LAPD makes several arrests as police cruisers burn in 4th straight day of protests – San Gabriel Valley Tribune | #schoolshooting

The Los Angeles Police Department made several arrests Saturday afternoon, May 30, after declaring an unlawful assembly in the Fairfax District, where thousands of protesters assembled; some set cruisers on fire, while others vandalized and smashed the windows of nearby police vehicles.

Officers sprayed tear gas and shot beanbags and rubber bullets into the crowd after threatening to arrest the thousands of demonstrators who had gathered to demand justice for George Floyd, a black man who died after a white officer kneeled on his neck in Minnesota.

Several people, including rapper Jane Chika Oranika — known professionally as CHIKA — were detained at the scene.

As the day wore on, some demonstrators began looting businesses along Fairfax Avenue.

Protester D.J. Washington said he came out because he was sick of the racism he experiences as a black business owner in the San Fernando Valley.

“I consider this a step toward more attention,” Washington said, “but it’s not progress until you stop seeing these dudes right here who want to beat people up,” he said of police officers.

LAPD Sgt. Jorge Rodriguez said police expected a certain amount of damage.

“Of course we try to talk to protesters and not use force immediately,” Rodriguez said, “but at a certain point, you have to do something.”

Early in the afternoon, the protesters shut down traffic at the intersection; they were met with a couple dozen Los Angeles Police Officers blocking further access on Third Street.

“This is frustration after years of tensions between police and civilians,” said Rashad Marshall, a 24-year-old Long Beach resident said as he protested in West Hollywood with his beagle, Lilo.

“Our officers across the country need to be briefed,” Marshall added, “on how to handle situations better.”

During the protest, Mayor Eric Garcetti announced an 8 p.m. to 5:30 a.m. curfew in the city.

“If you love the city,” he said during an afternoon briefing, “go home, and come back, and we can peacefully protest.”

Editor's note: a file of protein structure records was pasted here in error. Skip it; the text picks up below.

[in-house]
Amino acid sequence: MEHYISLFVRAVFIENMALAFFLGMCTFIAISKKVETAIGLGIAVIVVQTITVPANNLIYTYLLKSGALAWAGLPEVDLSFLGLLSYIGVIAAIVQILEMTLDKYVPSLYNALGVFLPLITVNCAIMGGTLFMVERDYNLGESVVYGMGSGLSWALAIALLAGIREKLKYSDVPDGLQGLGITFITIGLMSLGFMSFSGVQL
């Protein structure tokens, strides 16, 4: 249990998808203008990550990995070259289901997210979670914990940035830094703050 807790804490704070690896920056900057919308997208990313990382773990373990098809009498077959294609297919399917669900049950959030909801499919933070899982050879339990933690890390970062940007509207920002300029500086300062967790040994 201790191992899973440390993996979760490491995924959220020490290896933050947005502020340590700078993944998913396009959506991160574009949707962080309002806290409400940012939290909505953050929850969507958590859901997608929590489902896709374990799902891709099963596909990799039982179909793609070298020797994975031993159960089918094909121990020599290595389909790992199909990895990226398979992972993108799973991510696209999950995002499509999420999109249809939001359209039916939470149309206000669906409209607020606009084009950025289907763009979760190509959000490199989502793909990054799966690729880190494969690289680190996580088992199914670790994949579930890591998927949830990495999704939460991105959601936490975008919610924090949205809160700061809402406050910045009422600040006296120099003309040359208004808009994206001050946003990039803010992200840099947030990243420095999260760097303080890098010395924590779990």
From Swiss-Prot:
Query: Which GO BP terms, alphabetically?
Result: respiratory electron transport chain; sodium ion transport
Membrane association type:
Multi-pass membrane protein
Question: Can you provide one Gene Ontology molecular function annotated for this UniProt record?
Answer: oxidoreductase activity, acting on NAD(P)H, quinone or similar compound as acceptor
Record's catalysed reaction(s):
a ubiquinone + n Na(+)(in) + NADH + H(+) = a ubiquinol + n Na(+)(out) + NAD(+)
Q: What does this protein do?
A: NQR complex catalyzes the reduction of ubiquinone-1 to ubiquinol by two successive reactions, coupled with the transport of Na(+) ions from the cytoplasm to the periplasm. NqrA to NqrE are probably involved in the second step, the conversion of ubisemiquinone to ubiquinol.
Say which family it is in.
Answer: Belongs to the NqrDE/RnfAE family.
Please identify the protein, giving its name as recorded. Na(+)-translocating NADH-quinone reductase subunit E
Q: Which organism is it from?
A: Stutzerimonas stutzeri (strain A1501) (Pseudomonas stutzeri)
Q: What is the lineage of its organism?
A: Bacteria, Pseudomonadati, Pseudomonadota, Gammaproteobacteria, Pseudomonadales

Saturday’s protest came a day after the most chaotic night yet in the string of demonstrations in Los Angeles; the local community was still reeling from looting, fires and violence that broke out Friday evening.

A peaceful beginning

The demonstration started off peacefully in Pan Pacific Park shortly before noon, where hundreds of activists protested police brutality, carrying homemade signs that read, “Black Lives Matter” and “I can’t breathe.”

They chanted familiar mantras like, “No justice, no peace,” and, “Say their names.”

Andrew Masembe, a 35-year-old Burbank resident, said in Pan Pacific Park, before the march turned violent, that he felt the need to be a part of this chapter in history.

“You always think about these times in history and what you would do,” he said. “So faced with that, I decided to show up. It’s for black people to be heard. For so long, we been silent.”

Unrest in Los Angeles started Wednesday evening, May 27, when Black Lives Matter activists occupied the 101 Freeway in downtown. Protests continued on Thursday night, when the Los Angeles Police Department eventually labeled it an “unlawful assembly.”

And on Friday night, over 70 protesters returned to downtown, marching from City Hall to Spring Street.

The officer who knelt on Floyd’s neck, Derek Chauvin, was arrested on Friday. He was charged with third-degree murder and manslaughter.

Cleo Riley, a 17-year-old junior at Immaculate Heart High School in Los Angeles, said Floyd’s death is just one instance of police brutality caught on video. Police brutality needs to end, she said.

So she put together LA Students for Floyd, one of the activist groups that arrived at Pan Pacific Park. Although she and her group are young, as the “voice of the future,” she believes her voice is among the most vital.

“I wanted to give students a chance to have their voices heard,” Riley said.

This story is developing and will be updated.

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